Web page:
Scott Walker, Governor
Raymond Allen, Secretary
Department of Workforce Development
201 E. Washington Avenue
P.O. Box 7946
Madison, WI 53707-7946
Telephone: (608) 266-3131
Fax: (608) 266-1784
FOR IMMEDIATE RELEASE
Thursday, August 4, 2016
CONTACT: DWD Communications, 608-266-2722
On the Web: http://dwd.wisconsin.gov/dwd/news.htm
On Facebook: http://www.facebook.com/WIWorkforce
On Twitter: @WIWorkforce
Wisconsin 'Work-Share' Program Update: 114 Workers Avoid Layoffs
UI funds help employers temporarily reduce workers' hours during periods of slow business
MADISON – Today, Department of Workforce Development (DWD) Secretary Ray Allen announced Wisconsin's new Work-Share program has so far helped six Wisconsin businesses keep 114 workers on the job who otherwise would have been laid off.
Work-Share, also called Short-Term Compensation, is designed to help employers retain skilled talent during slow business periods by reducing employees' hours and allowing affected employees to file for partial Unemployment Insurance benefits (UI) to replace a portion of their reduced pay. Participating workers also keep employer-provided benefits and avoid financial challenges associated with being fully unemployed.
"Employers make significant investments in workforce recruitment, training and retention, and Work-Share allows them to keep skilled workers during slower periods and quickly recall them for full-time work when business picks up again," Secretary Allen said. "Additionally, Work-Share helps workers remain employed with a reduced impact on wages and employer-sponsored benefits, which supports greater independence and stability."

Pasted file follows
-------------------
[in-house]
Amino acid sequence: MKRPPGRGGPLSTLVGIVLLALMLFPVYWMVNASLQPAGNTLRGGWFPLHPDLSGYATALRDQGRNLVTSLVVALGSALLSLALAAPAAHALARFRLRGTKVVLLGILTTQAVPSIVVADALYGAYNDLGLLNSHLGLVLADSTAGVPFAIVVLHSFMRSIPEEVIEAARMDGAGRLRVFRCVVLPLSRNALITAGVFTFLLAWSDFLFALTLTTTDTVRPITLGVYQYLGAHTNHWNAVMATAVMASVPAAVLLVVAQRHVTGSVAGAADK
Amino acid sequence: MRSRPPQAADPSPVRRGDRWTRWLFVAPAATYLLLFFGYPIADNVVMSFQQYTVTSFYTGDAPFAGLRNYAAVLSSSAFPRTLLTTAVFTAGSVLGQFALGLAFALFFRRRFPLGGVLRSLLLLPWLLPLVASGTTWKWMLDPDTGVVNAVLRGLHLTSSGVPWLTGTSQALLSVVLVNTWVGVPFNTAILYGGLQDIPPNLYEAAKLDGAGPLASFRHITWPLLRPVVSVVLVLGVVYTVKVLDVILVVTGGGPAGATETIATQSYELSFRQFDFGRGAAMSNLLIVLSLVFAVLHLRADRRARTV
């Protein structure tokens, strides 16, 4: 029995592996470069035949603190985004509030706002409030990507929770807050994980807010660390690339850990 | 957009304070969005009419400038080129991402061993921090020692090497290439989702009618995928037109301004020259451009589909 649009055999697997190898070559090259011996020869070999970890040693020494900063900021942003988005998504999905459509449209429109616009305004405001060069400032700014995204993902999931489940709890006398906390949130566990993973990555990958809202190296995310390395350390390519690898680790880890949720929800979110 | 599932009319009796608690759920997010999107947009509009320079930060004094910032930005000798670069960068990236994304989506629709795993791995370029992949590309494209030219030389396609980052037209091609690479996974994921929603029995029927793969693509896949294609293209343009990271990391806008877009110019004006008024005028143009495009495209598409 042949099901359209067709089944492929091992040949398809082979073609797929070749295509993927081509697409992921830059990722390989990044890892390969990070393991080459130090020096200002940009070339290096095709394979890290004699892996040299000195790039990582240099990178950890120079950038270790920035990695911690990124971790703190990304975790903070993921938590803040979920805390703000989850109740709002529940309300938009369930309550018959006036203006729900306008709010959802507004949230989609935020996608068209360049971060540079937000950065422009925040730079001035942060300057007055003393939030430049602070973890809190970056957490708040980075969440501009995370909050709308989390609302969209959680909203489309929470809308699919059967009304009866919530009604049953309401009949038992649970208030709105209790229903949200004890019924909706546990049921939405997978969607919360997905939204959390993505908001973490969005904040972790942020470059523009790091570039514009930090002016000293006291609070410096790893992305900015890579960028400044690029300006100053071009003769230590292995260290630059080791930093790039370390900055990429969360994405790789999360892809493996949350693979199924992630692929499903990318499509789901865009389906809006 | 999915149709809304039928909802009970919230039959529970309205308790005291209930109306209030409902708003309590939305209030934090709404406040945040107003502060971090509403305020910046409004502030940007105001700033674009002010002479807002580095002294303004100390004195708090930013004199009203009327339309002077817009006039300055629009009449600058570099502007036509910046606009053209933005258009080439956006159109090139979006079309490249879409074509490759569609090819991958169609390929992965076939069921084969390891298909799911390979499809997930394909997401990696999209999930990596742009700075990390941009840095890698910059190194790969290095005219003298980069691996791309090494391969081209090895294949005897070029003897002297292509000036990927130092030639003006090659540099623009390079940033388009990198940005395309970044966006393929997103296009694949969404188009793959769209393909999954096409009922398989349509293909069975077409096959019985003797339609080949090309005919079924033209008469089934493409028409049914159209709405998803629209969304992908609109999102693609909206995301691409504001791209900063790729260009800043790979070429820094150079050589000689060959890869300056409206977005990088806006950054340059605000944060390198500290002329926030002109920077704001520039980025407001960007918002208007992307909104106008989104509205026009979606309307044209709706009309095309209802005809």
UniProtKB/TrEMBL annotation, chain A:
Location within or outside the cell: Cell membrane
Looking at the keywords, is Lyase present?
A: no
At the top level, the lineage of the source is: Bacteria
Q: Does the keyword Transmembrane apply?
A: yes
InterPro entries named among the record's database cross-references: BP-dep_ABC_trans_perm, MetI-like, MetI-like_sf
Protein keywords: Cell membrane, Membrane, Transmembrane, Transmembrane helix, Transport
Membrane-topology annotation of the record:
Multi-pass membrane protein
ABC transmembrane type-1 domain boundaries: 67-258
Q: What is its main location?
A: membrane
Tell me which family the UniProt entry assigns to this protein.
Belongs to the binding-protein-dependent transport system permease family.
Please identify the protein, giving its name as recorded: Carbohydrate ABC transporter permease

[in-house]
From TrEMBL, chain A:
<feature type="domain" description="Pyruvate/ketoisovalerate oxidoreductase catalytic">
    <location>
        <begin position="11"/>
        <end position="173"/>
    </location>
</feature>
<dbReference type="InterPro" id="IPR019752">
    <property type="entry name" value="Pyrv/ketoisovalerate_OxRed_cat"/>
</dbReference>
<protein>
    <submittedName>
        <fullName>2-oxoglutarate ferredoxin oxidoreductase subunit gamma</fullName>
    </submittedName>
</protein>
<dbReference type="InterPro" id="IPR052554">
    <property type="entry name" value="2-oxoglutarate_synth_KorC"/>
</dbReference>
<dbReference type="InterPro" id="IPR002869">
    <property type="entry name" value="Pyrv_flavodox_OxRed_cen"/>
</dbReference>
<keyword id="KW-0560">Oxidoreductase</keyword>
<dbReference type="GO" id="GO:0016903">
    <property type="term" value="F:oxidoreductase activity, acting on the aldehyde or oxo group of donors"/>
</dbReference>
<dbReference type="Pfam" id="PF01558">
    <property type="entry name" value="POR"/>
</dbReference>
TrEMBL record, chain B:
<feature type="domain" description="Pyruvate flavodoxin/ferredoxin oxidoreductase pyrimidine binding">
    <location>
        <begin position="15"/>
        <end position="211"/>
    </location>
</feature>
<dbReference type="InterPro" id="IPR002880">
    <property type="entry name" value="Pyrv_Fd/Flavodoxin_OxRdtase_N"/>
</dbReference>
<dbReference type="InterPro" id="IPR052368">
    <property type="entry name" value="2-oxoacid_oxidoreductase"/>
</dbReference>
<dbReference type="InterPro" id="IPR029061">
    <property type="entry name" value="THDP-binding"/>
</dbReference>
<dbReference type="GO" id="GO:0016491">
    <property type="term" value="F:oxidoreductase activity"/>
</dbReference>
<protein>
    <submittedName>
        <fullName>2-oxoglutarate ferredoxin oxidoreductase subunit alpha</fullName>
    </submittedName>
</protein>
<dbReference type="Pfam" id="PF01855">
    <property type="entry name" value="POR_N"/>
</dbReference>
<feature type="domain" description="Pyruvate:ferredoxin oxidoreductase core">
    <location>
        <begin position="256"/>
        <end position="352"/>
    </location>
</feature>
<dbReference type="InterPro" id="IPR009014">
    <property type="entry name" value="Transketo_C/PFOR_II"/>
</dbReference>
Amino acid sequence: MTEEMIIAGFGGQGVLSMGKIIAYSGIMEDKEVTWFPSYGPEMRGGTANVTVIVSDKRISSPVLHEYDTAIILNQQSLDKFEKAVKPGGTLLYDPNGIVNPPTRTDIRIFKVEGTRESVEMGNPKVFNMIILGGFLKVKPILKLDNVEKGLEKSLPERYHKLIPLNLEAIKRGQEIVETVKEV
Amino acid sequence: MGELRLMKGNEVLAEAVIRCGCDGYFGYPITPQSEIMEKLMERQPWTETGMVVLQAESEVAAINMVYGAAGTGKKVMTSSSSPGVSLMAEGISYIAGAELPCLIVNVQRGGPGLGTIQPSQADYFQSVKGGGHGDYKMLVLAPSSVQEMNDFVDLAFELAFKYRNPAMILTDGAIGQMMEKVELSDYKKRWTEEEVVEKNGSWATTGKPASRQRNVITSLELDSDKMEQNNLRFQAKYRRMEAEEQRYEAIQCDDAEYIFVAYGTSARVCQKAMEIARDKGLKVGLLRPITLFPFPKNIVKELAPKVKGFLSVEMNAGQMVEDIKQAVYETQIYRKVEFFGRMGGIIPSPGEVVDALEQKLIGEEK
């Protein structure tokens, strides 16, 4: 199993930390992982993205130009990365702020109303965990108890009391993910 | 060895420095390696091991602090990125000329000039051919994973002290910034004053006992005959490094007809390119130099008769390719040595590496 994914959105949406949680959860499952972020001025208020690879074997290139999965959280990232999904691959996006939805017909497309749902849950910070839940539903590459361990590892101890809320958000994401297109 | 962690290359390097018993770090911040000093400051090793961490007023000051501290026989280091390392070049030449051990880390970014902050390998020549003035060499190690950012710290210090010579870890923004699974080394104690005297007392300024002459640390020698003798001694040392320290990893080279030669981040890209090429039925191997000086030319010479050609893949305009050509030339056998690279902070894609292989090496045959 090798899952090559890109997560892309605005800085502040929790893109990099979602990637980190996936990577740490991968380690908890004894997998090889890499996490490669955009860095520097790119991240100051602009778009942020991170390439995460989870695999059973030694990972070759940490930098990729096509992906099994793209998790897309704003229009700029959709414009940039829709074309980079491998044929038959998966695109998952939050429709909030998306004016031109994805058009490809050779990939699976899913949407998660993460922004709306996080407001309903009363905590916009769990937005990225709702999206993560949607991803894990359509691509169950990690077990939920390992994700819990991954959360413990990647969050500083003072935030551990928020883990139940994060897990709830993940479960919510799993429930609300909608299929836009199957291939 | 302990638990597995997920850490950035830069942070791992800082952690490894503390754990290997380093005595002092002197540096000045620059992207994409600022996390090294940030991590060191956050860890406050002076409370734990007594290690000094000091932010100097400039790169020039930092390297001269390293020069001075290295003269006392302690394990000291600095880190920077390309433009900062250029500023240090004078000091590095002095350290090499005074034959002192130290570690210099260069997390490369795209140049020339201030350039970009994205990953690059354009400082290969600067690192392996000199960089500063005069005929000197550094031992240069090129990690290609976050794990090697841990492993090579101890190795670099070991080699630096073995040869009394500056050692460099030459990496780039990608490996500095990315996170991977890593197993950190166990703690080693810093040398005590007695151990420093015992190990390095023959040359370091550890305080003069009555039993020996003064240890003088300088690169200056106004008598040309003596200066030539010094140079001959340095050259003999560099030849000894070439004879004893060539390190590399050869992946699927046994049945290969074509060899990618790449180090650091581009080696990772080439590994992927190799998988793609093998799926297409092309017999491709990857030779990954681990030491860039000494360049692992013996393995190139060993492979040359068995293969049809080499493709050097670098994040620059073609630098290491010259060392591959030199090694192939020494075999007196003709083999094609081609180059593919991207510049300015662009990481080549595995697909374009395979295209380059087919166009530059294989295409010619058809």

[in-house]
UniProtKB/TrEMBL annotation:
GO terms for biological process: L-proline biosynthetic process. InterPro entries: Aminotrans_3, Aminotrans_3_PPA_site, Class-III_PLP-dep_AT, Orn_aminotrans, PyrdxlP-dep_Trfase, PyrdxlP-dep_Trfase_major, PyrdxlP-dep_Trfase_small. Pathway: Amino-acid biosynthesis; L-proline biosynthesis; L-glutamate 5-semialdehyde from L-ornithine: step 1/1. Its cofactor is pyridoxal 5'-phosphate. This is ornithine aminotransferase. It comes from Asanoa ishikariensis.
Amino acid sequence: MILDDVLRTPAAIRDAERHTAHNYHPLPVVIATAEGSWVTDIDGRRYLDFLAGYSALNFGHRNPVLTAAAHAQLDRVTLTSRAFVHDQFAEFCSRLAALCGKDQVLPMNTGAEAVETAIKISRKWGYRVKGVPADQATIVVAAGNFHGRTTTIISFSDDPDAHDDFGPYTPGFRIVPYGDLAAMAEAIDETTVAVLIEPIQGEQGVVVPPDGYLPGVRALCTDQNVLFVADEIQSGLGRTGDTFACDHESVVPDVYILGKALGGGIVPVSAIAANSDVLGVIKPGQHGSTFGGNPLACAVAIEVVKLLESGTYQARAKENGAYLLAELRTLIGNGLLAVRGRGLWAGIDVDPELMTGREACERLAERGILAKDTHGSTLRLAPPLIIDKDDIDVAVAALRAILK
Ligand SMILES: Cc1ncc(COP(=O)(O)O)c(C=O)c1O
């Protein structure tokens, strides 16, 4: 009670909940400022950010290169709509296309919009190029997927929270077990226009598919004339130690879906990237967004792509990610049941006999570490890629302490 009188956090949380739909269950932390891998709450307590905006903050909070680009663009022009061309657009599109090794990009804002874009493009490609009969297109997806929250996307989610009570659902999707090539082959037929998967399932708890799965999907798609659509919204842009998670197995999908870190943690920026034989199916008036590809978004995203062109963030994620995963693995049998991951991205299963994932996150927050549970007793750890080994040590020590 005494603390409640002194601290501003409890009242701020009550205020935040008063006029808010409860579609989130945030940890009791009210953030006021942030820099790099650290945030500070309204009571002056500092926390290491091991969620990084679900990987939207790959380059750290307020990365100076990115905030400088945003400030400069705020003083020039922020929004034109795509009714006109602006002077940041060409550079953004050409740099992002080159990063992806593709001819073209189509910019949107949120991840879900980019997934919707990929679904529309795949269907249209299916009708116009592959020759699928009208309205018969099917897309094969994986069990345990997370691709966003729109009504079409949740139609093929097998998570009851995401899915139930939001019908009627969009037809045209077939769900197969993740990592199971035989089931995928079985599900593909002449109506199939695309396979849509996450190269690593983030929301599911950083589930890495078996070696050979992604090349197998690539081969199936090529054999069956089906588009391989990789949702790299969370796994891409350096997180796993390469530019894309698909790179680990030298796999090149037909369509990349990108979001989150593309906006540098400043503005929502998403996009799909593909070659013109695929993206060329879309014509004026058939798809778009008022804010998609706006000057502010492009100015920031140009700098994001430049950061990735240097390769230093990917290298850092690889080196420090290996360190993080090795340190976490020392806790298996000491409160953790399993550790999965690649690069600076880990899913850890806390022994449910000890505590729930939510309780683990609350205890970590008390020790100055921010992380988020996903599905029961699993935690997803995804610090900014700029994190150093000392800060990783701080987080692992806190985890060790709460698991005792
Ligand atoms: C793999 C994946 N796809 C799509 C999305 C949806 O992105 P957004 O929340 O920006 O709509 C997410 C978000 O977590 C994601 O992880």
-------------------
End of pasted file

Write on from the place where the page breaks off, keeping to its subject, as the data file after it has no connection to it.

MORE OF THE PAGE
Participating employers can reduce a group of employees' hours by anywhere from 10 percent to 50 percent if they are facing layoff for least two workers. An employer's Work-Share plan must include at least 20 positions that are filled on the effective date of the plan and must only include participants who are regularly employed by the employer and have worked for the employer for a period of at least three months. Employers may also elect to provide employer-sponsored skills training to Work-Share participants to prepare them for the introduction of new equipment and technology after the work reduction period ends.
"Even as Wisconsin's economy is outperforming the nation in multiple economic measures and UI claims are running at their lowest levels in decades, a single employer can face a period of slow business for any number of reasons and we need to do what we can to support the employer and the workers during challenging times," Secretary Allen said. "Work-Share helps workers stay on the job, keep their employer-sponsored benefits and support their families with temporary UI assistance."
Wisconsin's Work-Share program was passed in 2013 and amended in late 2015 based on feedback by the employer community. To date, 114 employees of six Wisconsin private-sector employers have avoided total employment loss and stayed on the job through Work-Share, with approximately 360 additional workers filing for partial UI benefits to supplement temporarily reduced wages and avert their coworkers' total loss of employment. As all employer and worker UI records are by law confidential, information that would identify individual employers and workers participating in Work-Share cannot be released.